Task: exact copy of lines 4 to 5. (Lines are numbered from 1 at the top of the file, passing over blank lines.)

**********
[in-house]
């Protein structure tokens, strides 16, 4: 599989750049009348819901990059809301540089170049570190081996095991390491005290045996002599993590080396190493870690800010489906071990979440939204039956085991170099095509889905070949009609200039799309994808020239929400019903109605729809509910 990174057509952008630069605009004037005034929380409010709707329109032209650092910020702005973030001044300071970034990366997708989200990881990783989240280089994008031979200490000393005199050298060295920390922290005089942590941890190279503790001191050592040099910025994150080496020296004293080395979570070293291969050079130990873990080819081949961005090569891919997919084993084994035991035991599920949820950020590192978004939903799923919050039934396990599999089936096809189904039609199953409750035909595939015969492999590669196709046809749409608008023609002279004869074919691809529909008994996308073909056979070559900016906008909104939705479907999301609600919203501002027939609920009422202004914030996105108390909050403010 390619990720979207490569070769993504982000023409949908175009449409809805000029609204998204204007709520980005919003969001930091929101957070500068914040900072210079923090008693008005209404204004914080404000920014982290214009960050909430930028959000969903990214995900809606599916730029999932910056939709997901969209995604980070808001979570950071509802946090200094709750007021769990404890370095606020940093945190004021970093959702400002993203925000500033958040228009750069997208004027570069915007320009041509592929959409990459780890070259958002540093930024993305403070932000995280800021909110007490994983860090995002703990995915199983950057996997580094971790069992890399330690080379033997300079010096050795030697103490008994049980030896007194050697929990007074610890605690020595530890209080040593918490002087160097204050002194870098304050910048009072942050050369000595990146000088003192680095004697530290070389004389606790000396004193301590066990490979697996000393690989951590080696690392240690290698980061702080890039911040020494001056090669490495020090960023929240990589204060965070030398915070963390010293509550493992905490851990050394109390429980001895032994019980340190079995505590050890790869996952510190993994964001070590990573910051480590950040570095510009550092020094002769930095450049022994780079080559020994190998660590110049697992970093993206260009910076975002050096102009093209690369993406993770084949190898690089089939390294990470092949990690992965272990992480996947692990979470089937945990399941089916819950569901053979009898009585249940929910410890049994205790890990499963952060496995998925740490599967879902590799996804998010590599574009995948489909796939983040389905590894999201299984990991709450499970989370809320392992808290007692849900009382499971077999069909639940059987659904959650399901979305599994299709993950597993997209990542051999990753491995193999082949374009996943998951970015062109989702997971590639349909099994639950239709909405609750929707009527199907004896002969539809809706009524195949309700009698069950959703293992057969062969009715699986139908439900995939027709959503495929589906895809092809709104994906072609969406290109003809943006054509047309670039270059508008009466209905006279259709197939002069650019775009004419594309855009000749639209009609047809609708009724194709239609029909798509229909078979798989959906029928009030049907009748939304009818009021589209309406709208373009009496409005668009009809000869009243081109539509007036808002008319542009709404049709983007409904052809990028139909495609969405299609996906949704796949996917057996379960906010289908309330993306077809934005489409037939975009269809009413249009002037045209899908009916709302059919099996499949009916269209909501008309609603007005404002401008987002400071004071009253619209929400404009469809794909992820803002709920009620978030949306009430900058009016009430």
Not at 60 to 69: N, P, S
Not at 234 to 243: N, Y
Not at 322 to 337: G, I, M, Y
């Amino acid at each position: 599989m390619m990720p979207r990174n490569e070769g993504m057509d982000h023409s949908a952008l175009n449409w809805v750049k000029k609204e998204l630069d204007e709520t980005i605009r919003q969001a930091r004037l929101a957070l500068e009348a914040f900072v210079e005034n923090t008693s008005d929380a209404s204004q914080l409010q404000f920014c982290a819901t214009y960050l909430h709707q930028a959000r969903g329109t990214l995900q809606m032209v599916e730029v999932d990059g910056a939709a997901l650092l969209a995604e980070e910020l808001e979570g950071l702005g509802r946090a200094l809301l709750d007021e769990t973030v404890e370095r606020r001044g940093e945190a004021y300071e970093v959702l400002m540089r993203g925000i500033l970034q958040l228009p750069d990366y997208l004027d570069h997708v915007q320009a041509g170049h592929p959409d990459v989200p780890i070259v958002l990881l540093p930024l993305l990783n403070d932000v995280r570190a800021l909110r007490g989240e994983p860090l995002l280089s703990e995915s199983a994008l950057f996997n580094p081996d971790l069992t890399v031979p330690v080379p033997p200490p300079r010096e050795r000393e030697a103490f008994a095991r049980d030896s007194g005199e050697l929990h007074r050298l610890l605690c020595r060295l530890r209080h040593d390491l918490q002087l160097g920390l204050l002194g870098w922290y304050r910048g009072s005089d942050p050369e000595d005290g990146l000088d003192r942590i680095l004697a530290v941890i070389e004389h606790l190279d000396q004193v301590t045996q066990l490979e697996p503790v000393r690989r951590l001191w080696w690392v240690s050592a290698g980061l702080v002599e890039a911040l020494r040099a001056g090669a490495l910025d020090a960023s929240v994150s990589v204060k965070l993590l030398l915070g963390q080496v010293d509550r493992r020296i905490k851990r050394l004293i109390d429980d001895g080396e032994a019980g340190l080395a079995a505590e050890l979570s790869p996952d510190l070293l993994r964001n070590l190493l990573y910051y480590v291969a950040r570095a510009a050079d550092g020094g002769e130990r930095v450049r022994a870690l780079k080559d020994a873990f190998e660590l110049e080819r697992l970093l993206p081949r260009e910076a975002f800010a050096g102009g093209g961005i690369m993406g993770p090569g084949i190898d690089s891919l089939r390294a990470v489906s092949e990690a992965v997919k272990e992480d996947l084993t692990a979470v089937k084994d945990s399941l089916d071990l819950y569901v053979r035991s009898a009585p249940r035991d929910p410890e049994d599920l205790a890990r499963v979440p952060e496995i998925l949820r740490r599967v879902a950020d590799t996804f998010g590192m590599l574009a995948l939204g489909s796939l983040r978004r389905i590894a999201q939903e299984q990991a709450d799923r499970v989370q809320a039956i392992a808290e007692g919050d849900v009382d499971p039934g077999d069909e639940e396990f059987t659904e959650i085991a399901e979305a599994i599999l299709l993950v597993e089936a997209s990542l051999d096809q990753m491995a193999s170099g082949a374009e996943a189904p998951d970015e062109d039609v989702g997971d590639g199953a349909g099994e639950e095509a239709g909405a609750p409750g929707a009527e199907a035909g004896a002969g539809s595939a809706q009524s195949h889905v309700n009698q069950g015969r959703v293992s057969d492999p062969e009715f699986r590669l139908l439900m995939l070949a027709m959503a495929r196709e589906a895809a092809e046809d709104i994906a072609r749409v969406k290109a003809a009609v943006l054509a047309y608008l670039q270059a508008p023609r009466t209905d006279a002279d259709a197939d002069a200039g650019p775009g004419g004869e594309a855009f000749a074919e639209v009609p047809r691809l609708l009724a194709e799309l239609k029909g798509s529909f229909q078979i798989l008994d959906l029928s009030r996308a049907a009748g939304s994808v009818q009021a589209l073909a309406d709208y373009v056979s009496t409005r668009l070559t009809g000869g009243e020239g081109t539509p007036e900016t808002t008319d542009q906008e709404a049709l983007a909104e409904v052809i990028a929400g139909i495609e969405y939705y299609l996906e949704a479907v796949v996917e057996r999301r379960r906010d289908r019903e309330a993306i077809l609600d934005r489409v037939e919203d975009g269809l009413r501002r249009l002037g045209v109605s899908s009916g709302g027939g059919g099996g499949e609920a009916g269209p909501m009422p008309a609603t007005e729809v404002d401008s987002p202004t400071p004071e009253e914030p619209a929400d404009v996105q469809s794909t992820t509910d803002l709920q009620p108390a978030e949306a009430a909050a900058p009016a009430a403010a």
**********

Not at 234 to 243: N, Y
Not at 322 to 337: G, I, M, Y